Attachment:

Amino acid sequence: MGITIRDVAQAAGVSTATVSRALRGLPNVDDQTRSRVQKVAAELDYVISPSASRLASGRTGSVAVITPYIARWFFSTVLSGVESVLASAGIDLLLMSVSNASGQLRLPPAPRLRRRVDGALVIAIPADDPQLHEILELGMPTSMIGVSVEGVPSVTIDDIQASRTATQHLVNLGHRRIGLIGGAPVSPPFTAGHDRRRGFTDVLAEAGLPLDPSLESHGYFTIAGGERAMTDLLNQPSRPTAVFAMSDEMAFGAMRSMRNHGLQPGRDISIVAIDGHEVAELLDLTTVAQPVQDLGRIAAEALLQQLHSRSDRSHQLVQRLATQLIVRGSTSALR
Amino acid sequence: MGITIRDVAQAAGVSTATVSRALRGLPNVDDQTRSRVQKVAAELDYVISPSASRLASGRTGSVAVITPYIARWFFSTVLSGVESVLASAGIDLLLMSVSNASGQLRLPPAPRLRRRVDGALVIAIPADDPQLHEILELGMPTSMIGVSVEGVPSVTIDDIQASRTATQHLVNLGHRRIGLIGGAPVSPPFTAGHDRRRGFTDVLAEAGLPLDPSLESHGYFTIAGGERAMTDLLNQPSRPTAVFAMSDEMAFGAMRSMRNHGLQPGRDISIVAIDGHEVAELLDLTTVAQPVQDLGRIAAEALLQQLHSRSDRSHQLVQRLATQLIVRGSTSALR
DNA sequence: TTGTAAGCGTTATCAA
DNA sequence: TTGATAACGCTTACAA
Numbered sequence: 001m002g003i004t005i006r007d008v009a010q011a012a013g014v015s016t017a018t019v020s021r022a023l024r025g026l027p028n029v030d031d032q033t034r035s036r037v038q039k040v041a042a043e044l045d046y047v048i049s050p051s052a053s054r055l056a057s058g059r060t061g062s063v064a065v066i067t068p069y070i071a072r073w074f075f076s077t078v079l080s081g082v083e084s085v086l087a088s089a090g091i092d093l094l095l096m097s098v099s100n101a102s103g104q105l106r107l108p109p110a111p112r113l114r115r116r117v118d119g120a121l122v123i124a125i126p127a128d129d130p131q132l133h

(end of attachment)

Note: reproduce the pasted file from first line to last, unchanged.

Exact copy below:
Amino acid sequence: MGITIRDVAQAAGVSTATVSRALRGLPNVDDQTRSRVQKVAAELDYVISPSASRLASGRTGSVAVITPYIARWFFSTVLSGVESVLASAGIDLLLMSVSNASGQLRLPPAPRLRRRVDGALVIAIPADDPQLHEILELGMPTSMIGVSVEGVPSVTIDDIQASRTATQHLVNLGHRRIGLIGGAPVSPPFTAGHDRRRGFTDVLAEAGLPLDPSLESHGYFTIAGGERAMTDLLNQPSRPTAVFAMSDEMAFGAMRSMRNHGLQPGRDISIVAIDGHEVAELLDLTTVAQPVQDLGRIAAEALLQQLHSRSDRSHQLVQRLATQLIVRGSTSALR
Amino acid sequence: MGITIRDVAQAAGVSTATVSRALRGLPNVDDQTRSRVQKVAAELDYVISPSASRLASGRTGSVAVITPYIARWFFSTVLSGVESVLASAGIDLLLMSVSNASGQLRLPPAPRLRRRVDGALVIAIPADDPQLHEILELGMPTSMIGVSVEGVPSVTIDDIQASRTATQHLVNLGHRRIGLIGGAPVSPPFTAGHDRRRGFTDVLAEAGLPLDPSLESHGYFTIAGGERAMTDLLNQPSRPTAVFAMSDEMAFGAMRSMRNHGLQPGRDISIVAIDGHEVAELLDLTTVAQPVQDLGRIAAEALLQQLHSRSDRSHQLVQRLATQLIVRGSTSALR
DNA sequence: TTGTAAGCGTTATCAA
DNA sequence: TTGATAACGCTTACAA
Numbered sequence: 001m002g003i004t005i006r007d008v009a010q011a012a013g014v015s016t017a018t019v020s021r022a023l024r025g026l027p028n029v030d031d032q033t034r035s036r037v038q039k040v041a042a043e044l045d046y047v048i049s050p051s052a053s054r055l056a057s058g059r060t061g062s063v064a065v066i067t068p069y070i071a072r073w074f075f076s077t078v079l080s081g082v083e084s085v086l087a088s089a090g091i092d093l094l095l096m097s098v099s100n101a102s103g104q105l106r107l108p109p110a111p112r113l114r115r116r117v118d119g120a121l122v123i124a125i126p127a128d129d130p131q132l133h